As a young boy, Xu-Xian is forced to free his pet, a small snake. Unbeknownst to him, the snake is actually a young snake goddess named Bai-Niang and she is in love with him. Many years later, when they are both adults, the princess is magically transformed into a human and sets out to find her love. But the local wizard believes her to be a vampire, and banishes Xu-Xian from the village in order to save him. Xu-Xian's pet pandas Panda and Mimi set out to save him and bring him, in the process becoming leaders of an animal gang.
The story is a classic one, I believe it is based on a folk tale. Love between a human boy and a spirit girl, sadly to be disrupted from mankind's general intolerance of spirits. But ultimately, one where love triumphs supreme.
One can also interpret the story as a criticism of institutions (such as religion and society) and the sweeping, preconceived judgments they pronounce without any actual knowledge of the situation; but ultimately again, while a powerful and often disruptive force, one that is overcome by true love.
The subplot with the animals searching for Hsu Hsien is very funny and cute too! Especially when Panda challenges all the bandit animals.
For a 1958 show, the art was beautiful. Many of the backgrounds especially looked like paintings...thoroughly enjoyable! The festival scene was beautiful as well.
My only complaint would be that some of the animations for the fighting and spells were crudely done.
Sometimes the Japanese was hard to understand (maybe it's a dialect of some kind in places?). My subbed version also had poor subs, so regretfully I missed out in places.
But overall, the narrative voice was well done, especially in the parts where its half-sung, which was flowing and sonorous. Some of the voices quavered a lot, and generally the voice acting style is not my favorite; but it was suited for a children's folk tale I think. The music was generally high quality with traditional instruments.
A gem from the 50s. Classic folk tale story. Beautiful art and music. Nothing that makes the adrenaline rush, but peaceful and enjoyable. Highly recommended.read more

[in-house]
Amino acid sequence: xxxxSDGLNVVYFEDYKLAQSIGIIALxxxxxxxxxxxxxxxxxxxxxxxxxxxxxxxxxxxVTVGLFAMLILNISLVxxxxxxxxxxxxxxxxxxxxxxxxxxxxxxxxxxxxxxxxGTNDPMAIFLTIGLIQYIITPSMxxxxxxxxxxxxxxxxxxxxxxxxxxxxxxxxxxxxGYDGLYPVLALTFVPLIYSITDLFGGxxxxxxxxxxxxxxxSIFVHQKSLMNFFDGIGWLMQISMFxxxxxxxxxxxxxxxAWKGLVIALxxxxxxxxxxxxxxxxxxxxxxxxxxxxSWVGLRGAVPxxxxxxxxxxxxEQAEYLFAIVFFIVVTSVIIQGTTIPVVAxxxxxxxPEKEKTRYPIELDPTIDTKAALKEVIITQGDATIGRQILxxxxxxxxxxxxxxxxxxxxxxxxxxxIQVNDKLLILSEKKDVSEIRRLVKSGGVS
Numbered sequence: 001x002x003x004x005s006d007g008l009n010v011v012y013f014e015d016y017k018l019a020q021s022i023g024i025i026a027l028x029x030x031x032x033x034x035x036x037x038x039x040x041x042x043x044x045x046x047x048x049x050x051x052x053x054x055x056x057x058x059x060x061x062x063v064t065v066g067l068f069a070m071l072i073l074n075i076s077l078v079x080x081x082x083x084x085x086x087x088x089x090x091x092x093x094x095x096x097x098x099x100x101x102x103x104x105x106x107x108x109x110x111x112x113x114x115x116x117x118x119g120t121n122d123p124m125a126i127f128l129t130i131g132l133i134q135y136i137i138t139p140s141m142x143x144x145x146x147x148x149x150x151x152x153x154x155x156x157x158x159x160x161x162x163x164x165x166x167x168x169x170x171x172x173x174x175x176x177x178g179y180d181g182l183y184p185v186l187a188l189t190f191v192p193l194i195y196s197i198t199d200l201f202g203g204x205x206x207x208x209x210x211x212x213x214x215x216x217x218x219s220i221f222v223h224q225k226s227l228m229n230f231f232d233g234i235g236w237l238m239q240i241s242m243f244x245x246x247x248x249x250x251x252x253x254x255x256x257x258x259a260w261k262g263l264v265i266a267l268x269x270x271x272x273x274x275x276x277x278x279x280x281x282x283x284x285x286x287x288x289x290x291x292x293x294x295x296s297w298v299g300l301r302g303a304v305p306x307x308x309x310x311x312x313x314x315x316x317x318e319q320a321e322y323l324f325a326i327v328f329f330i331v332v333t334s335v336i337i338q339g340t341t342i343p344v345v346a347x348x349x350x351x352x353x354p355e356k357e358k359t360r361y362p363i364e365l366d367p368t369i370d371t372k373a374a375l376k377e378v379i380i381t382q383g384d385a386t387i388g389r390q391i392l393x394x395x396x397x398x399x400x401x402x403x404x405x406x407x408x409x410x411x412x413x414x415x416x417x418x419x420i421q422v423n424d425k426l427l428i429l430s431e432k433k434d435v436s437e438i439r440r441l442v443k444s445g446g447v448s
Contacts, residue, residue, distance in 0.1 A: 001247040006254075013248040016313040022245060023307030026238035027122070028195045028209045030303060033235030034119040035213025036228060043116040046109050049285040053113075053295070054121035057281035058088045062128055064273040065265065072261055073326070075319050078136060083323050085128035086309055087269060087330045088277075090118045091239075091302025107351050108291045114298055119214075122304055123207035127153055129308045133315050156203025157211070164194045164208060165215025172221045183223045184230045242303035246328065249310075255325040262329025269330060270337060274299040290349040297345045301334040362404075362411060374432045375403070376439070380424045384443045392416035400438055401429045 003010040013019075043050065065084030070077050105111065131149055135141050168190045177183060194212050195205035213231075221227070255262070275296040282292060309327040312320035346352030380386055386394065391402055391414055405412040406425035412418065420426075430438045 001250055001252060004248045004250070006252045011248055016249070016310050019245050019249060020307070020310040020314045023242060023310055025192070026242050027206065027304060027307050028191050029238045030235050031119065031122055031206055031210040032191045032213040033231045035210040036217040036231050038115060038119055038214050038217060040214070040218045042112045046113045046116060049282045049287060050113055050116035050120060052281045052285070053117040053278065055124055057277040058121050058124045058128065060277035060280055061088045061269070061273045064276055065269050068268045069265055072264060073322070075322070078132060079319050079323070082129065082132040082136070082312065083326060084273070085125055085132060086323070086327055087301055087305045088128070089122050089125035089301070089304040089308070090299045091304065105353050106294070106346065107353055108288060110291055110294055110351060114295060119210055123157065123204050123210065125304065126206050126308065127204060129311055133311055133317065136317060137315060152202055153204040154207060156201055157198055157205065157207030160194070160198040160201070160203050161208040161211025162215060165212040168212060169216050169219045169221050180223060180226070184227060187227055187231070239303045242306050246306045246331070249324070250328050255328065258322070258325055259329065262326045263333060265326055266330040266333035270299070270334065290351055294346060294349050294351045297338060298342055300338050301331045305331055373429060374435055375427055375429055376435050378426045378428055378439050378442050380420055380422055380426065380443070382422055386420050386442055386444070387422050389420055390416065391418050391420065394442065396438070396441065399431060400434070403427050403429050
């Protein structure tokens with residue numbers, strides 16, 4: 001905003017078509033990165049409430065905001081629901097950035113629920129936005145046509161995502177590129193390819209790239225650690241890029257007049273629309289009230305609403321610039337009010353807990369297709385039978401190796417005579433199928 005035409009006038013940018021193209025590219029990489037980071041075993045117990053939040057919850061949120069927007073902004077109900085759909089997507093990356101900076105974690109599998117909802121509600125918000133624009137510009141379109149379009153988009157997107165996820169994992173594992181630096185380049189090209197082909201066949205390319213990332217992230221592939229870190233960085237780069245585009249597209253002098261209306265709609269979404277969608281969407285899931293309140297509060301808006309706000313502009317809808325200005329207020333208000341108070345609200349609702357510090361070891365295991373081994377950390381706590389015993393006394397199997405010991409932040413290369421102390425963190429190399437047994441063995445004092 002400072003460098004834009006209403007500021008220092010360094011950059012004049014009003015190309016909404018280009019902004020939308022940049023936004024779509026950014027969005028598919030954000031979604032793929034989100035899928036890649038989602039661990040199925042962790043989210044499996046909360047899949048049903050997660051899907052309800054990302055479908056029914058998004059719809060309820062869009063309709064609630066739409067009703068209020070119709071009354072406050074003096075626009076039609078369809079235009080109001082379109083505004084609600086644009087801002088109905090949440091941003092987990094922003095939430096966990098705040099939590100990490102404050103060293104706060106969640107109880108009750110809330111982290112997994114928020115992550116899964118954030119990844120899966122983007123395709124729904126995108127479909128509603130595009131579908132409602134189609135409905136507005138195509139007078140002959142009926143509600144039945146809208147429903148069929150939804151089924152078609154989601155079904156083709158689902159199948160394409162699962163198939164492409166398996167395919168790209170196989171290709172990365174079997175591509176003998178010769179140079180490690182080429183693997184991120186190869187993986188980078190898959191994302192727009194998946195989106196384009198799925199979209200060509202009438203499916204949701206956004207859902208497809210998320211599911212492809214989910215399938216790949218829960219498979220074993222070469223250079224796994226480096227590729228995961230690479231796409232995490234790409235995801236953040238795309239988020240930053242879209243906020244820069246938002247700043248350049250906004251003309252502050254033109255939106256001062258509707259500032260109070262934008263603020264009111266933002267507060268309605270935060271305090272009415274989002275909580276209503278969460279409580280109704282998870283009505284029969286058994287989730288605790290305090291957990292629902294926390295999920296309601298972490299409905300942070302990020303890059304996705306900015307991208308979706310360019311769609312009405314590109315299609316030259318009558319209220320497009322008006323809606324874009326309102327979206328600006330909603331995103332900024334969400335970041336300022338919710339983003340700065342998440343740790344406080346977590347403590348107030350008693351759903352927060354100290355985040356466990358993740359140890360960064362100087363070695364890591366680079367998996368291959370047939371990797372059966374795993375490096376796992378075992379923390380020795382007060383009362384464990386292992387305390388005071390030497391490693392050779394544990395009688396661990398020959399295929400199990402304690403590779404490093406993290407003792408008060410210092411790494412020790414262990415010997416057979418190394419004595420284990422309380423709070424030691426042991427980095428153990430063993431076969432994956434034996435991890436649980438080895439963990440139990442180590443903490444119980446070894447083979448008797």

This is based on a Chinese fairytale that I have never heard of before, so I have no idea how faithful this adaption is. As a romance, I found it well done. It's easy to root for the main characters to get together in the end. I don't know if these animals were in the original tale, but they do a good job as filler material. Slightly annoying however was the narrator, who kept describing what we see. Do we really need this?
To put this in historical context, this was made one year prior to Disneys Sleeping Beauty. If we look at Disney as the nonplusultra in animation at that time, Hakujaden does not look much worse. Sure, there are some things one might find odd nowadays, like the character design, which is closer to traditional Japanese art than to what we recognize as anime art today, but for a country without a high profile history of animation, this movie looks amazing (for 1958).
The sound quality is not very good, which is not that surprising considering its age. Some of the voice actors sounded quite...let's call it odd. The traditional Chinese music was great for setting the mood and the woman who did the singing in the beginning (I guess she's the same who voiced Pai Niang) was really good. Fair for its day, but nothing to write home about.
As I said, the main couple were both likeable people. Their sidekicks were not that bad and did something noteworthy a couple of times. The bad guy (if you will) was interesting, as he saw his actions as righteous and justified. All in all, quite the interesting cast.
I was a little worried that I might end up having to force myself through this, but to my suprise, this movie ended up being pretty entertaining. There were barely any drawn out scenes, or rather, they didn't feel like it. If you're interested in the history of anime or animation in general, The Legend of the White Serpent should be an easy pick.
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